Genre: MM Fantasy Mystery
This was a fun mystery. The world is slightly steampunk, so there are trains and the like, giving it a more modern feel, and it’s subtly magical; however, magic isn’t as prevalent in this culture as in some fantasy. The novel is told from the point of view of Colin Bliss, a librivenator… which is sort of an Indiana Jones for books. Bliss is your typical thinks-he-knows-everything and an in-way-over-his-head type of person. He travels to Scotland and uncovers the dark past of a small fishing village, and his curiosity and spunk drive the plot toward an amazing adventure.
The mystery portion of the story struck me as a bit of the haunted house variety, and the plot was probably a bit more predictable than I’m used to when I read Mystery, but even though I may have known where things were headed, I was still highly entertained. There were some wonderful thriller moments and suspense, which is definitely my cup of tea, and Lanyon delighted me with his nefarious characters—those characters that I either loved to hate or hated to love.
I didn’t categorize this as a Romance, but as a MM. To clarify, I meant to intimate that there is some erotic content, but this was not a classic Romance. The romance piece of the novel was not the focus; however, it was important and incredibly fascinating for the characterization of Bliss, and for adding dimension to the plot.
Knowing full well that Septimus Marx, one of Bliss’s bosses, is spying on him, Bliss enters a dalliance with him. While they are boffing each other on the side, Bliss is sneaking around Marx, lying by omission and sometimes flat out lying, all to keep his book hunting on the down low. Even though Marx is clearly not a good guy per se, Bliss allows himself to become seduced by his charms.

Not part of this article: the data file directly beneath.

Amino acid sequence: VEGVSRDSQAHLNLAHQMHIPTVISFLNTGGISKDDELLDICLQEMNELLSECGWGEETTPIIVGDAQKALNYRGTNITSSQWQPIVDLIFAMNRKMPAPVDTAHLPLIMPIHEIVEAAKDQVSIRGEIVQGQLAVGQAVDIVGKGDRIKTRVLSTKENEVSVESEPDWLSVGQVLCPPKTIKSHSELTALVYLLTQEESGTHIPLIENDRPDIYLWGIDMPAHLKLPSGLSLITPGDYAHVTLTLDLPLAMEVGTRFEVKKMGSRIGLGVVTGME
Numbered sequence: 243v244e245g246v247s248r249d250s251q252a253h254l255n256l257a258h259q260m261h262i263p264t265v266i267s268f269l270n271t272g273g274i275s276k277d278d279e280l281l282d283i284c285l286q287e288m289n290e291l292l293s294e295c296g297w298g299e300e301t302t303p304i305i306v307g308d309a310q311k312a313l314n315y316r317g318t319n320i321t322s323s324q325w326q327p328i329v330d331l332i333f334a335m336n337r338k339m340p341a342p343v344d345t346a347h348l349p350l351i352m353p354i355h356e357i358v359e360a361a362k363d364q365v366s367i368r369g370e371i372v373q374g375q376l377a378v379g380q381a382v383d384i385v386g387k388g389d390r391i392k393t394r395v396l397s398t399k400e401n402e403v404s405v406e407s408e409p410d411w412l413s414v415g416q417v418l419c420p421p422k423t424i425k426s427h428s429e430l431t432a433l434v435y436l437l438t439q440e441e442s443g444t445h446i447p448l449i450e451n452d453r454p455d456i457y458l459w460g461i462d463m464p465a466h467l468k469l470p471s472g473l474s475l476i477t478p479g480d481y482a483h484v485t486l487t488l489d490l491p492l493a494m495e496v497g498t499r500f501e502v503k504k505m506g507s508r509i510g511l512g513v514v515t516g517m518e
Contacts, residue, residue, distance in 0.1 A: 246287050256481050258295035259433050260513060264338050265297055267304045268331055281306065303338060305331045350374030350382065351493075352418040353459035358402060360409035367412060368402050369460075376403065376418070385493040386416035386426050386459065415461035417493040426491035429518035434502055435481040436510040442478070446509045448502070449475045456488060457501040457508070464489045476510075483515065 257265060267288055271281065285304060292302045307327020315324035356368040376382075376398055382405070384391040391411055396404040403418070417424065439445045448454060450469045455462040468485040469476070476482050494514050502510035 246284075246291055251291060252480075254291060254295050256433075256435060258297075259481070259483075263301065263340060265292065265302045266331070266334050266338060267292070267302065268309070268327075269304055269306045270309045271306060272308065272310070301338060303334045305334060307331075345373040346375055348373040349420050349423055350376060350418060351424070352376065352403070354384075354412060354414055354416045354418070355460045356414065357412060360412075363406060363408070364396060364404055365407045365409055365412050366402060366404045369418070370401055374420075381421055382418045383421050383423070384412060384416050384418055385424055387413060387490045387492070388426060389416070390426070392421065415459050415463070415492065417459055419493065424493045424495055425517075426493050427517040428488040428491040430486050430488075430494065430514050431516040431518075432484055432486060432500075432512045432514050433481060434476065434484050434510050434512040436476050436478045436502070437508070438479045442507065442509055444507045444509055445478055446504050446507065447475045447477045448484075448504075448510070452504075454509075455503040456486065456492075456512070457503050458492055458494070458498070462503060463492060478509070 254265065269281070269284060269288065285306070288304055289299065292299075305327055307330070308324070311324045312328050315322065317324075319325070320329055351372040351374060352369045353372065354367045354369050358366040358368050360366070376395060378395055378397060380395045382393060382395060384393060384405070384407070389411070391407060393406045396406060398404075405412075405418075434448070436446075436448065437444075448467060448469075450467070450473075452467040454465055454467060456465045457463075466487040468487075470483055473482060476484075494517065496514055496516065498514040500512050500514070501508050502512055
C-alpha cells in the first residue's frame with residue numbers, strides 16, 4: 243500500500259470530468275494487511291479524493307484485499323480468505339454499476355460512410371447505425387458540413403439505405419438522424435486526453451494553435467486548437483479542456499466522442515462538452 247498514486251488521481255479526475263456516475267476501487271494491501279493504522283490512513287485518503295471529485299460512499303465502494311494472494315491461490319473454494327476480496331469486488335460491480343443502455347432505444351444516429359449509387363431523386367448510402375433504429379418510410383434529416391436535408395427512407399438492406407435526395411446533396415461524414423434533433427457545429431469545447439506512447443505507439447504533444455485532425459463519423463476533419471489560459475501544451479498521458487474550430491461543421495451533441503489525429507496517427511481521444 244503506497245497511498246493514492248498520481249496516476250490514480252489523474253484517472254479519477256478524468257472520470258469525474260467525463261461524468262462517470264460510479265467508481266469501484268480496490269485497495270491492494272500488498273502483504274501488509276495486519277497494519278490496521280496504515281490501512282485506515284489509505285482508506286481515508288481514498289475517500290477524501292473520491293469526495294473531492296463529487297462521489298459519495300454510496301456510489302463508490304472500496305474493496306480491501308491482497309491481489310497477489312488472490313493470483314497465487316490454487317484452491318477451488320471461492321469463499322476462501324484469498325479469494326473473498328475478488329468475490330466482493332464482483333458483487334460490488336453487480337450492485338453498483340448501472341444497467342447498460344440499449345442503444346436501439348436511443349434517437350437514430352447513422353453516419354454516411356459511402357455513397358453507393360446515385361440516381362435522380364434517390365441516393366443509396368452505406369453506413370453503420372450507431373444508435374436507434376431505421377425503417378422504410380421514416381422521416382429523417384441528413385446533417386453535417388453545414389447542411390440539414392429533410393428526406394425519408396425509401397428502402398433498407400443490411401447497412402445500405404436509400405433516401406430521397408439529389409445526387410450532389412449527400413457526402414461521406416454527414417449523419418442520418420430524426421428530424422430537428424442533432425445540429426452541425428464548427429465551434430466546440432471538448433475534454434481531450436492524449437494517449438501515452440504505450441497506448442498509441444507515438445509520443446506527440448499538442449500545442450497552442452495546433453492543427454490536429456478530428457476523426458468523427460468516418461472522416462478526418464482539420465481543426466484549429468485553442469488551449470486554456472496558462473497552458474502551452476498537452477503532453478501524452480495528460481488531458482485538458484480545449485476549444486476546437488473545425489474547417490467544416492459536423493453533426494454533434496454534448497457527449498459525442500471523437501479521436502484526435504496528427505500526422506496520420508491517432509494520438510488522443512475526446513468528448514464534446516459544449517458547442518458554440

I enjoyed the dynamic between the two of them, even if it wasn’t classically romantic. Those familiar with Lanyon’s work will probably understand what I am talking about. I sometimes feel bogged down in Romance, where the authors spend so much time talking about love and feelings, that there’s barely a plot. I like relationships to feel starker, rawer. That way I can create the feelings as I read the novel, instead of having them shoved down my throat. Sometimes Lanyon’s stories are critiqued based on them being Romances, but I don’t read them that way, and I tend to enjoy his work. That being said, if you have a preference for one over the other, hopefully I’ve provided you enough information to make your own decisions.
I have read and reviewed Lanyon before, and he is one of my favorite MM authors. He has quite the bibliography, and has won many awards. He’s also written some non-fiction, which is sort of heartening to see in a genre fiction author. You can check out his blog here:
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